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  1. StudyWell
  2. Preventing Academic Misconduct
  3. Tips for Preventing Plagiarism
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Tips for Preventing Plagiarism

Whether you are quoting someone else's ideas directly, or using their discussion of a concept to inform your ideas, you MUST cite and reference them in your work.

Keep notes

Always keep a record of what you've been reading and where it has come from.

If you are taking notes, make sure you indicate to yourself where your own notes start and what you are reading ends.

For example, make it clear in your notes if you are copying a sentence which you feel sums up what you are trying to say. If this is crucial to illustrating a point you're making, make sure you use quotation marks in your notes and add who made the quote, the source and the page numbers.

Similarly, if a paragraph summarises or illustrates a concept you agree or disagree with, make sure when you are discussing the author's ideas that you make reference to it being their idea.

Make it clear in your notes if you are quoting that person or when the ideas you're noting down are coming from someone else and not you.

Making notes helps you form your own ideas about a subject, but it is easy to come back to the notes at a later date and copy parts of them down forgetting that these were not your own words. If you have copied someone else's ideas down word for word and not referenced them as someone else's in your essay, this constitutes plagiarism.

Use and attribute quotes

Sometimes you will find that a key author in your field phrases just what you believe about a subject and you can't put it any better yourself. This would be the ideal time to use a quote. After all, that's why they are experts in their field.

Perhaps the quote summarises your take on a particular aspect of a subject, and allows you to discuss the subject or idea further in your own words.

Be careful not to use too many quotes though. You are expected to read and understand other people's work to help you form ideas of your own in relation to these

Presenting a piece of work which just includes quotes from others but no thoughts of your own is not good academic practice and will only demonstrate that you've read about these concepts, not understood or discussed them. Always use quotes sparingly and to illustrate a point you're trying to make.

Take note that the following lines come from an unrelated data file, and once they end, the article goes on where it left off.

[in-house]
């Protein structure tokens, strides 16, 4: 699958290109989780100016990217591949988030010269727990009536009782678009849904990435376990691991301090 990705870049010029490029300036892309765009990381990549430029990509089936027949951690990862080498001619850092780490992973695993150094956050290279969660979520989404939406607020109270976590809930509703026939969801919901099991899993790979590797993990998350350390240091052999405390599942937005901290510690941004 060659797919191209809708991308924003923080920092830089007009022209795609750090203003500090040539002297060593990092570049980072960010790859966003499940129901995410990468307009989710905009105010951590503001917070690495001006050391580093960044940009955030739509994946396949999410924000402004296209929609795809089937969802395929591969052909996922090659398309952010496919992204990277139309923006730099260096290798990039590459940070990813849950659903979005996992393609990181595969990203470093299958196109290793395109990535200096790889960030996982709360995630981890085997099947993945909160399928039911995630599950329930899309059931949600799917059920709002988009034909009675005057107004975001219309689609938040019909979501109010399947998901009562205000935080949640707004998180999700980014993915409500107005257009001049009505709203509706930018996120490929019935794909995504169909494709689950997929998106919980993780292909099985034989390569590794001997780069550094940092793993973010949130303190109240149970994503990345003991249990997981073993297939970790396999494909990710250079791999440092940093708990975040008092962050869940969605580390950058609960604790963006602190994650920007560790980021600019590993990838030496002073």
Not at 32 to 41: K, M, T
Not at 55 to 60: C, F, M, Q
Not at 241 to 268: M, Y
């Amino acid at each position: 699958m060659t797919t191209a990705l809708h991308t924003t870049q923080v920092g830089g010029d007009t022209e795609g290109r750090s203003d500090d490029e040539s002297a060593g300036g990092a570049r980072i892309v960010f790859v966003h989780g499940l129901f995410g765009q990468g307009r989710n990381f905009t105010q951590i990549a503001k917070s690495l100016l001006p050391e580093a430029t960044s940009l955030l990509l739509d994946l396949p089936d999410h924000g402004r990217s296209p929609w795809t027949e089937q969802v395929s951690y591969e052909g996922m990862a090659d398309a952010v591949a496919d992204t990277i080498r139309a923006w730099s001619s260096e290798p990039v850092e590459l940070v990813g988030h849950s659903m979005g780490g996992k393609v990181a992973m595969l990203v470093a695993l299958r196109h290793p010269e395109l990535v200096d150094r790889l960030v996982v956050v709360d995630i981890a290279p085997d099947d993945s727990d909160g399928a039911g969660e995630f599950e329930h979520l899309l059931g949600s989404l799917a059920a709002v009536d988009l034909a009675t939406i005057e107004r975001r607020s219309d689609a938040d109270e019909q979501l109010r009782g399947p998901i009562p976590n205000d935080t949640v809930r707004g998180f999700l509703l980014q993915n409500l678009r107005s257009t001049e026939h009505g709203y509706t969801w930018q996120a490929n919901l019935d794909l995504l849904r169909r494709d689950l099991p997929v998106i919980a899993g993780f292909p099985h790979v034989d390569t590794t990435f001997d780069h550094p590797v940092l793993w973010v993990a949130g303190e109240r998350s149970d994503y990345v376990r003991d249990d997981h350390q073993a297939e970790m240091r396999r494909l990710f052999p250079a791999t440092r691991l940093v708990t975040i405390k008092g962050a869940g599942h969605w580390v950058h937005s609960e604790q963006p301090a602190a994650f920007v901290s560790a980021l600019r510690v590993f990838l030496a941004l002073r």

BUT

If you are using a direct quote from something you've read, make sure you copy the quote directly and put it into quotation marks.

Make sure you keep a note of the source that you have taken the quote from. If it's a book or journal, note down the page number and publication details. If it's a website, make a note of the URL and the date you accessed it.

If you quote lines which are someone else's without attributing them to that person, you could be accused of plagiarism.

You can find more information about how to use quotations in your work in the Citing and Referencing Guide.

See your student handbook for further advice.

Paraphrasing

You can convey someone else's ideas without quoting them directly in quotation marks but remember, you must still attribute the ideas to them.

If you have seen a good explanation or discussion of a topic and want to put it into your own words, make sure it is done in a way which fits with your own writing style and flow of the work. You must be careful not to copy sentences from the passage but construct your own sentences carefully and illustrate that you understand the concept they are trying to explain.

Always credit the author of the ideas you are discussing. You won't need to put the page numbers in the text, but you will need to make a note of the work that the idea came from. You would then include the authors name and the date the work was published in the text.

You might introduce the authors ideas about the topic by including words like:

Anderson states…

Anderson argues….

Anderson suggests that …

Anderson explains…

You can find more information about how to reference other's ideas in your own work in the Citing and Referencing Guide.

See your student handbook for further advice.

Citing and referencing

Citing and referencing correctly is crucial. This will allow whoever is assessing your work to see that you have done a variety of reading on the subject and your own ideas have been informed and compared against the ideas of others. If you don't cite and reference other people's ideas, then you could be accused of plagiarism.

You can find more information about correct citing and referencing in the Citing and Referencing Guide.

See your student handbook for further advice.

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City, University of London is an independent member institution of the University of London. Established by Royal Charter in 1836, the University of London consists of 18 independent member institutions with outstanding global reputations and several prestigious central academic bodies and activities.